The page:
Roads and railway were complementary and both equally necessary. Without a good connecting road the produce and people would not be able to easily reach a railway station from the surrounding countryside. For the full economic potential of the presidency and the country to be utilized, railways and a road network had to be developed simultaneously. Road building would receive considerable impetus if funds were obtained from local tolls and ferry funds instead of relying on imperial funds alone.
Frere believed that the effect of the railways on the whole country had been' marvelous', and had substantially promoted commerce and agriculture in the country. For instance, Indian merchants were able to travel 276 miles a day, reach Bombay, conduct their business transactions and return to Sholapur within two days. This increased mobility was admitted by Indian merchants to be of 'infinite value' to commerce',
On 21 April 1863 the GIP Railway over the Bhor Ghat incline was opened to traffic. Large numbers of visitors from Poona and Bombay went to witness the historic event as the railway had the longest and highest locomotive lift in the world. Due recognition was given on the occasion to the Work of Chief Engineer J. Berkeley who had designed and executed most of the works on the incline.
Incorporated as a company in 1845, with its head office in London, the Great Indian Peninsula railway was initially proposed for a length of 1300 miles, to connect Bombay with the interior of the Indian peninsula and to a major port on the east coast. It was meant for the purpose of increasing the export of cotton, silk, opium, sugar and spices. The management committee consisted of 25 British men, including officials of the East India company and banks in London, most of whom resided in Britain and some who had resided in India. The original 25 person board consisted of people such as John Stuart Wortley and W.J Hamilton (both M.P.s from Britain who became the company's chairman and Deputy chairman), Frederick Ayrton (ex-East India Company), Cavalrymen such as Major Clayton and Major-General Briggs, Bombay residents John Graham and Col. Dickenson, bankers such as John Harvey (Commercial Bank of London) and S. Jervis (Director of the London and County Bank, Lombard Street), and Directors of other railway companies such as Richard Paterson (Chairman of the Northern and Eastern Railway Company) and Melvil Wilson (Director of the Alliance Assurance Office).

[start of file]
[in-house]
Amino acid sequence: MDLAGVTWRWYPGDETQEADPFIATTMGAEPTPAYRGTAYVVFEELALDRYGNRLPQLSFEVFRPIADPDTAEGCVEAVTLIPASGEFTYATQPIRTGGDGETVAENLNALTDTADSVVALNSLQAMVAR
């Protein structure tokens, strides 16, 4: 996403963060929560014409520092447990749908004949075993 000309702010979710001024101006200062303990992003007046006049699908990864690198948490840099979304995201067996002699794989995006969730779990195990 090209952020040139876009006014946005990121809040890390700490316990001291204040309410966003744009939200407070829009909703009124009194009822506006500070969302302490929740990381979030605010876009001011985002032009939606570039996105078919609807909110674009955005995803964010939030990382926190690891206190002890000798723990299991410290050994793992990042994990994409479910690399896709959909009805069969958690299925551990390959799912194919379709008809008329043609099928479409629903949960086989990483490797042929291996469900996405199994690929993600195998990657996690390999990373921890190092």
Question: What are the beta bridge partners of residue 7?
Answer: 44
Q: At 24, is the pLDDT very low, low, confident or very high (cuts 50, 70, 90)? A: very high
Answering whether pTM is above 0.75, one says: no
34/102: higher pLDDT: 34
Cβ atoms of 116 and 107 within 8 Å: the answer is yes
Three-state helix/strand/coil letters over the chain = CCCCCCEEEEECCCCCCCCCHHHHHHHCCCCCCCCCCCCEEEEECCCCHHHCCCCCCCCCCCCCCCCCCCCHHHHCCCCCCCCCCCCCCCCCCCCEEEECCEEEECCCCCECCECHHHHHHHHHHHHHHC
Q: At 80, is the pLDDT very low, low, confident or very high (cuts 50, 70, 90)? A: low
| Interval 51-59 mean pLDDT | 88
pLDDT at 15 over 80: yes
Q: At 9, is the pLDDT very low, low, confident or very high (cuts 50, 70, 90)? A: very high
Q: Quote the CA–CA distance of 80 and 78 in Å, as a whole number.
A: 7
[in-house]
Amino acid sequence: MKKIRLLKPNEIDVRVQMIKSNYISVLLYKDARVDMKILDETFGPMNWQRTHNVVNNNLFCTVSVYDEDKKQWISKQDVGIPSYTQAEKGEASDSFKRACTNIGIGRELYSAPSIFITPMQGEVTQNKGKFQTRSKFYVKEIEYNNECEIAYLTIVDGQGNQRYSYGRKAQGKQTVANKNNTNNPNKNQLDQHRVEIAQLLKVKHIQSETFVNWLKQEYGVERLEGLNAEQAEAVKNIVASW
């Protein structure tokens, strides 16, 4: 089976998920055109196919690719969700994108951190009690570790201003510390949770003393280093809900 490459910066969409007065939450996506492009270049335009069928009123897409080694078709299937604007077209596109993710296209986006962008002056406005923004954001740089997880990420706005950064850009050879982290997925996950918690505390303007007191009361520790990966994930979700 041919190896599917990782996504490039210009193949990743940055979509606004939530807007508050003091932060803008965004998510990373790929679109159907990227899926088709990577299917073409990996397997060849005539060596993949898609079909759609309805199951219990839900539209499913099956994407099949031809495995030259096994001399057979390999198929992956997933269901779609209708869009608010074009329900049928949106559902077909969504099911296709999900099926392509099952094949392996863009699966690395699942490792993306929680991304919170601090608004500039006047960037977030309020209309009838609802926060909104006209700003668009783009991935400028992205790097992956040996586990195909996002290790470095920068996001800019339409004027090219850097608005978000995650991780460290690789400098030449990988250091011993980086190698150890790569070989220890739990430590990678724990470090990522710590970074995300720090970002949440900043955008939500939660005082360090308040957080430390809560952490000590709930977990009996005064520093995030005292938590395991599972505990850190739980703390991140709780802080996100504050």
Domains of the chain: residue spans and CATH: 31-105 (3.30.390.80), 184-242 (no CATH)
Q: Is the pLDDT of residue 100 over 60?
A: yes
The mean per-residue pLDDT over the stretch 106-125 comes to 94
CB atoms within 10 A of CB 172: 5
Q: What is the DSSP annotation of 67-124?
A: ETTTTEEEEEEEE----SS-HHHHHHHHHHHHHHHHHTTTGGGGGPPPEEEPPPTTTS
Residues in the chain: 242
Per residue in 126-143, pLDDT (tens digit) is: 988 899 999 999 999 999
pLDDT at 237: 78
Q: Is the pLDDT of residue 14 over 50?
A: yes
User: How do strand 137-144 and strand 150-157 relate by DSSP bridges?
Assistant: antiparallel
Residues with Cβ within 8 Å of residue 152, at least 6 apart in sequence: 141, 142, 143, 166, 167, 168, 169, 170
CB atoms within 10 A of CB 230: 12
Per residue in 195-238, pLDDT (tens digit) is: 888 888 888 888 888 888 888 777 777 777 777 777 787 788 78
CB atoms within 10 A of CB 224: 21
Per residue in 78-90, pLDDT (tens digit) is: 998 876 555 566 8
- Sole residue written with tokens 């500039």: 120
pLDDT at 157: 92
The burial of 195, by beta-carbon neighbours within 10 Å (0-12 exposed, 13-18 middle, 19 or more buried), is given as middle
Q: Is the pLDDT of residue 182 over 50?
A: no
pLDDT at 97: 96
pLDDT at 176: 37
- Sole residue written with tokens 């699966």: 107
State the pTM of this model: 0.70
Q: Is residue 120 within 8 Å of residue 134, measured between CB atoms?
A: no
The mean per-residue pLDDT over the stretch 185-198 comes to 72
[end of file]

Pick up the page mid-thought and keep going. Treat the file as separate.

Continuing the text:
It was originally meant to connect the towns of Poonah (Pune), Nassuek (Nashik), Aurungabad (Aurangabad), Ahmednuggur (Ahmednagar), Sholapoor (Solapur), Nagpur, Oomrawutty (probably Amravati), and Hyderabad.
On April 16, 1853 at 3:35 pm, the first passenger train of the Great Indian Peninsula Railway left Boree Bunder station in Bombay (present day Mumbai) for Tannah (present day Thane). The train took fifty-seven minutes to reach Tannah. It covered a distance of 21 miles (33.8 km). Three locomotives named Sultan, Sindh and Sahib pulled the 14 carriages carrying 400 passengers on board. The railway bridge over Thane creek, first in India, was completed in 1854.
The portion of the line from Tannah to Callian (present day Kalyan) was opened on May 1, 1854. the construction of this portion was difficult as it involved a two-line viaduct over the estuary and two tunnels. On May 12, 1856 the line was extended to Campoolie (present day Khopoli) via Padusdhurree (present day Palasdhari) and on June 14, 1858 Khandala-Poonah (present day Pune) section was opened to traffic. The Padusdhurree-Khandala section involved the difficult crossing of the Bhore Ghat (present day Bhor Ghat) and it took another five years for completion. During this period, the 21 km gap was covered by palanquin, pony or cart through the village of Campoolie. The Kassarah (present day Kasara) line was opened on January 1, 1861 and the steep Thull ghat (present day Thal Ghat) section up to Egutpoora (present day Igatpuri) was opened on January 1, 1865 and thus completed the crossing of the Sahyadri.